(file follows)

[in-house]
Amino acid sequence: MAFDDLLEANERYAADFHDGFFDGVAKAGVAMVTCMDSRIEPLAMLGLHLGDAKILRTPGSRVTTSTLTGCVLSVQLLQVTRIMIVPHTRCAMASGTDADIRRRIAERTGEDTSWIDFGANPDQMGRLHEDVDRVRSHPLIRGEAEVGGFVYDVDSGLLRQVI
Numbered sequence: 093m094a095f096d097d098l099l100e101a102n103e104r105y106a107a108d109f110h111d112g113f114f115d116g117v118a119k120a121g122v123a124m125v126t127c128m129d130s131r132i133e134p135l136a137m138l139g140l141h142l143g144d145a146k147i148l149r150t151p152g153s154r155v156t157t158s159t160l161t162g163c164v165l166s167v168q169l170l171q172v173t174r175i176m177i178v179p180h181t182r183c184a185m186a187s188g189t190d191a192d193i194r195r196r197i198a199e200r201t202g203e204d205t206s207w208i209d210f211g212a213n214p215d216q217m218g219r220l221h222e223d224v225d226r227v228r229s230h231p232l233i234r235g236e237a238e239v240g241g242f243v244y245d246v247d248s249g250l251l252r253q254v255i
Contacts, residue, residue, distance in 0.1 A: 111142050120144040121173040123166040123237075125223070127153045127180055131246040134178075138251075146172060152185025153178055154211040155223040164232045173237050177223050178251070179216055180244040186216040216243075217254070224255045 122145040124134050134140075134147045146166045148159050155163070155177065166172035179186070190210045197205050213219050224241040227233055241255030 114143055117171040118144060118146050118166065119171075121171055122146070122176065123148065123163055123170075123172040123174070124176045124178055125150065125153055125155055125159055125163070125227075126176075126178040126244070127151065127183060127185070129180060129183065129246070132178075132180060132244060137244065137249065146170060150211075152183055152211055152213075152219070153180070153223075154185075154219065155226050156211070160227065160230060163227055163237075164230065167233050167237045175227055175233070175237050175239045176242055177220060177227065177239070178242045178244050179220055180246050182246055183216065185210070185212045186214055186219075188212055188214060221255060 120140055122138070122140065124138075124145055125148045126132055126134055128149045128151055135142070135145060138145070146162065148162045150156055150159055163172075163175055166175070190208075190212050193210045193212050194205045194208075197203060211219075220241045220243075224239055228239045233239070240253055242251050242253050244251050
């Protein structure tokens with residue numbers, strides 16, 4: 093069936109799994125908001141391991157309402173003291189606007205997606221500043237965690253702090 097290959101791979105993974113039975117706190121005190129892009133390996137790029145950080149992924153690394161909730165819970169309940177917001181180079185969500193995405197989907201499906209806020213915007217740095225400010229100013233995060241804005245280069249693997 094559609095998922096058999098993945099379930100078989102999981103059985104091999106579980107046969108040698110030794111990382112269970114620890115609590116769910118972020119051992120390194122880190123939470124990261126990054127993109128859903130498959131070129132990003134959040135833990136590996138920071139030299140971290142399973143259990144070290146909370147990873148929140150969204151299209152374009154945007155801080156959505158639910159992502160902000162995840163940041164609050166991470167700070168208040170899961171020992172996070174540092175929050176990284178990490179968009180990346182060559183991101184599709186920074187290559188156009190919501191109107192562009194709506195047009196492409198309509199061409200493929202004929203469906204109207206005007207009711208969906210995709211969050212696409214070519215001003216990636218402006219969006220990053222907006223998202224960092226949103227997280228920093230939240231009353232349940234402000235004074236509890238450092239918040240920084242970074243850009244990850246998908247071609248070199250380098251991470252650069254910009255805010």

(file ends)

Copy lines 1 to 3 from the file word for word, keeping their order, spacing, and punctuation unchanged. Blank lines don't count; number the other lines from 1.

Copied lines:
[in-house]
Amino acid sequence: MAFDDLLEANERYAADFHDGFFDGVAKAGVAMVTCMDSRIEPLAMLGLHLGDAKILRTPGSRVTTSTLTGCVLSVQLLQVTRIMIVPHTRCAMASGTDADIRRRIAERTGEDTSWIDFGANPDQMGRLHEDVDRVRSHPLIRGEAEVGGFVYDVDSGLLRQVI
Numbered sequence: 093m094a095f096d097d098l099l100e101a102n103e104r105y106a107a108d109f110h111d112g113f114f115d116g117v118a119k120a121g122v123a124m125v126t127c128m129d130s131r132i133e134p135l136a137m138l139g140l141h142l143g144d145a146k147i148l149r150t151p152g153s154r155v156t157t158s159t160l161t162g163c164v165l166s167v168q169l170l171q172v173t174r175i176m177i178v179p180h181t182r183c184a185m186a187s188g189t190d191a192d193i194r195r196r197i198a199e200r201t202g203e204d205t206s207w208i209d210f211g212a213n214p215d216q217m218g219r220l221h222e223d224v225d226r227v228r229s230h231p232l233i234r235g236e237a238e239v240g241g242f243v244y245d246v247d248s249g250l251l252r253q254v255i